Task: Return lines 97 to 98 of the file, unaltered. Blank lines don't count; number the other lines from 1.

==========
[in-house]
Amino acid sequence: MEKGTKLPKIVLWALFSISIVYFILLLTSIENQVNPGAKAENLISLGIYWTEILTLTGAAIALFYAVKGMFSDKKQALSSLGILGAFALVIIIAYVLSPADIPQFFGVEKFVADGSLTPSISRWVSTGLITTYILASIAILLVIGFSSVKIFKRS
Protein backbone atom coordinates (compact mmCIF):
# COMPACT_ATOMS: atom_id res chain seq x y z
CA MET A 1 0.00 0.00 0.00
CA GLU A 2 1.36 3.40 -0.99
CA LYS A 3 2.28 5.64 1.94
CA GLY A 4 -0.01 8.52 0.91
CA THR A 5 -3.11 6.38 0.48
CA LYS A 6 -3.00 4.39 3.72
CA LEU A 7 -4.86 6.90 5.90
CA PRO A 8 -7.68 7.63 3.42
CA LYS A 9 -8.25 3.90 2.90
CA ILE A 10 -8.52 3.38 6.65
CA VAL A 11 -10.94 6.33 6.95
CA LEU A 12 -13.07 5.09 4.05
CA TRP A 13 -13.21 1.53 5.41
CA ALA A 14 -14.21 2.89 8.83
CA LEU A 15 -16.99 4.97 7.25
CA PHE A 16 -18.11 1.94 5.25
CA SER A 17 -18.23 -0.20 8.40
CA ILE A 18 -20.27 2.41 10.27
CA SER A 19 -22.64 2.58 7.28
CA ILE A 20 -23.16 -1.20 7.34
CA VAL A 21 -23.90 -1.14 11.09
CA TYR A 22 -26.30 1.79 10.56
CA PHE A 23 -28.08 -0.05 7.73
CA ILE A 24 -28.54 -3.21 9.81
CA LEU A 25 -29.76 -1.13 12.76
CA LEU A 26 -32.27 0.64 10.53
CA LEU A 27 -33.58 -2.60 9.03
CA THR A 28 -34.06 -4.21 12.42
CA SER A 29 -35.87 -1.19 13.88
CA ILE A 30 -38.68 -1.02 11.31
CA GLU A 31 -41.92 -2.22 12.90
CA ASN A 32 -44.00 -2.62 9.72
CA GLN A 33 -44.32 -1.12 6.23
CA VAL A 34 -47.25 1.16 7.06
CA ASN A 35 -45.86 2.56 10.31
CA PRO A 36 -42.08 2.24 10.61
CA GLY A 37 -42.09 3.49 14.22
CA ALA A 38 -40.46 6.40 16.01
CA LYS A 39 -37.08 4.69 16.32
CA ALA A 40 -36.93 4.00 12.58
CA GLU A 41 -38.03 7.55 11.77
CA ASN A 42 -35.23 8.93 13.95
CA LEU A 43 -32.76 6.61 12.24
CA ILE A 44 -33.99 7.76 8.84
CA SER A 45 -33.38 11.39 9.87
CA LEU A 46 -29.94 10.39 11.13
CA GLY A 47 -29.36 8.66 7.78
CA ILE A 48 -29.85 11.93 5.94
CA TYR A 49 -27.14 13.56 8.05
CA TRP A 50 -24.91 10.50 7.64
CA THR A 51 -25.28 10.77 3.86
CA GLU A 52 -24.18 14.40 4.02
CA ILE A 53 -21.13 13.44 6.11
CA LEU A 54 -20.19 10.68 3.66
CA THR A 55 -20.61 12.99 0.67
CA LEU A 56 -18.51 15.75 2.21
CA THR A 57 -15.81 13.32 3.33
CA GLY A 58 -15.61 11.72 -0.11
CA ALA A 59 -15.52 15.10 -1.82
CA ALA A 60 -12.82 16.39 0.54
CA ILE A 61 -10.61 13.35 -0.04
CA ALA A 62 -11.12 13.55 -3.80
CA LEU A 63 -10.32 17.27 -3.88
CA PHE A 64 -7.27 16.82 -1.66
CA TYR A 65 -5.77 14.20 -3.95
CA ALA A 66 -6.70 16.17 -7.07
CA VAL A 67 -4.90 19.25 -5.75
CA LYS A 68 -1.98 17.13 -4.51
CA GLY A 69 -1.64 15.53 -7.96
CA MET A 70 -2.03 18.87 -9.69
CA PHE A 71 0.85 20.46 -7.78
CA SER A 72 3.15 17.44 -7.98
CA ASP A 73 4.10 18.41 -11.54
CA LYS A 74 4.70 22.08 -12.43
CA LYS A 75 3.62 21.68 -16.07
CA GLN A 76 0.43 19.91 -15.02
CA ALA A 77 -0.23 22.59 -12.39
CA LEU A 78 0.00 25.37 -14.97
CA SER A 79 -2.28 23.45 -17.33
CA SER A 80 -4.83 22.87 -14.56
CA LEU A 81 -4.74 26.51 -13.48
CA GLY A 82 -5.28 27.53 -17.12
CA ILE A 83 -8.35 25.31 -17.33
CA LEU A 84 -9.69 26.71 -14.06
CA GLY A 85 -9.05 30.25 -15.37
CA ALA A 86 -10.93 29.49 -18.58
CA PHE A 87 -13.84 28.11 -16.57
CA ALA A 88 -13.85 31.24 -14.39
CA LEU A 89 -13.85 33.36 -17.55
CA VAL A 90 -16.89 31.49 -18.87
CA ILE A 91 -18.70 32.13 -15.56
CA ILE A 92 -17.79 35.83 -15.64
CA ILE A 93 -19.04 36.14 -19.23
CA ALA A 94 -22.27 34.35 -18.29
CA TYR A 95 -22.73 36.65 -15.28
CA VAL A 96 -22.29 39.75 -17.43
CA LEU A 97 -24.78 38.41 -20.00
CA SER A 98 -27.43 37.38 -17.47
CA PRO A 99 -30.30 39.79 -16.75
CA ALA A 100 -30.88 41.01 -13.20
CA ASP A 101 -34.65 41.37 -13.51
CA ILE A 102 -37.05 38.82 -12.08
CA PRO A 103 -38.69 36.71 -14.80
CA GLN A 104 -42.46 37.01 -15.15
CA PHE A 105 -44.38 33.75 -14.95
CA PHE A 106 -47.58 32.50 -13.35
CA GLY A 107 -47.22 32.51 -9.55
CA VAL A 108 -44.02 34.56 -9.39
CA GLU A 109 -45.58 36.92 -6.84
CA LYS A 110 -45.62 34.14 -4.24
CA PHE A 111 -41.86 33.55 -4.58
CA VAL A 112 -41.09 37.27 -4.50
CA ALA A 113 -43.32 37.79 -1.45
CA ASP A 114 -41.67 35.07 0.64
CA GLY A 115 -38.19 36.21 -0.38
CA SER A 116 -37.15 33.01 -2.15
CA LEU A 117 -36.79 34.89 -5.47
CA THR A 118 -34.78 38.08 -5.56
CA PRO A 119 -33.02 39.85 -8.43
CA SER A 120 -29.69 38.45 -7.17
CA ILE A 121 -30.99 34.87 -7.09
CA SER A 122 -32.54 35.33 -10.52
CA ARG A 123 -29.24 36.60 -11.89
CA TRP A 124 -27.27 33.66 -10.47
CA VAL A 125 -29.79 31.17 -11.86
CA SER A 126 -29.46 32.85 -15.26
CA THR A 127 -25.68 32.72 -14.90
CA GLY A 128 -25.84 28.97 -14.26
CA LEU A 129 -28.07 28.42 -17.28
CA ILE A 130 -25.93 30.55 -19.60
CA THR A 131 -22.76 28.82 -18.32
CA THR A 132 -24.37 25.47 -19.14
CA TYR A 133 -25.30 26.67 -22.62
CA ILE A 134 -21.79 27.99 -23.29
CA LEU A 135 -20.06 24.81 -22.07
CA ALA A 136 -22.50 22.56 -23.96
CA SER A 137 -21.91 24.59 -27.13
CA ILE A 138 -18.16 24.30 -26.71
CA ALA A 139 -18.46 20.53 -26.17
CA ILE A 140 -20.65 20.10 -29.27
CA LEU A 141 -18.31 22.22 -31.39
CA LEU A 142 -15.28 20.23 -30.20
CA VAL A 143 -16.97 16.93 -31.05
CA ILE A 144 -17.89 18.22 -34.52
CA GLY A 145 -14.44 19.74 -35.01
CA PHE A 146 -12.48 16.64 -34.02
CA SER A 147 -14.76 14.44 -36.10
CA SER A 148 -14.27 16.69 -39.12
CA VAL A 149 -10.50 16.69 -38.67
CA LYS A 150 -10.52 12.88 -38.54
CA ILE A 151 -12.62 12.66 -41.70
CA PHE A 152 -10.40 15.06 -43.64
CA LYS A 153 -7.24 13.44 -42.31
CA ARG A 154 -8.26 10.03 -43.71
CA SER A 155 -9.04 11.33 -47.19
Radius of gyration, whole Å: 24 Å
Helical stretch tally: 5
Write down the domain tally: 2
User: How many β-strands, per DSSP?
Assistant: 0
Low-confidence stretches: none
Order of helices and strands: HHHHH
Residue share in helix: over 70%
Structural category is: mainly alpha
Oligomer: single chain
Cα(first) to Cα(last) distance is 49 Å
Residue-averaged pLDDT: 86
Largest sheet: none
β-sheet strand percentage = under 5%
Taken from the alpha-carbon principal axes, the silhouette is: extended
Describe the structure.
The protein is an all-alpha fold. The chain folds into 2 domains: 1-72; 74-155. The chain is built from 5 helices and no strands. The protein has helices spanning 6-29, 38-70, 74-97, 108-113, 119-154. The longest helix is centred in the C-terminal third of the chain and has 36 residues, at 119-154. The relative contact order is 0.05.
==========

CA ILE A 93 -19.04 36.14 -19.23
CA ALA A 94 -22.27 34.35 -18.29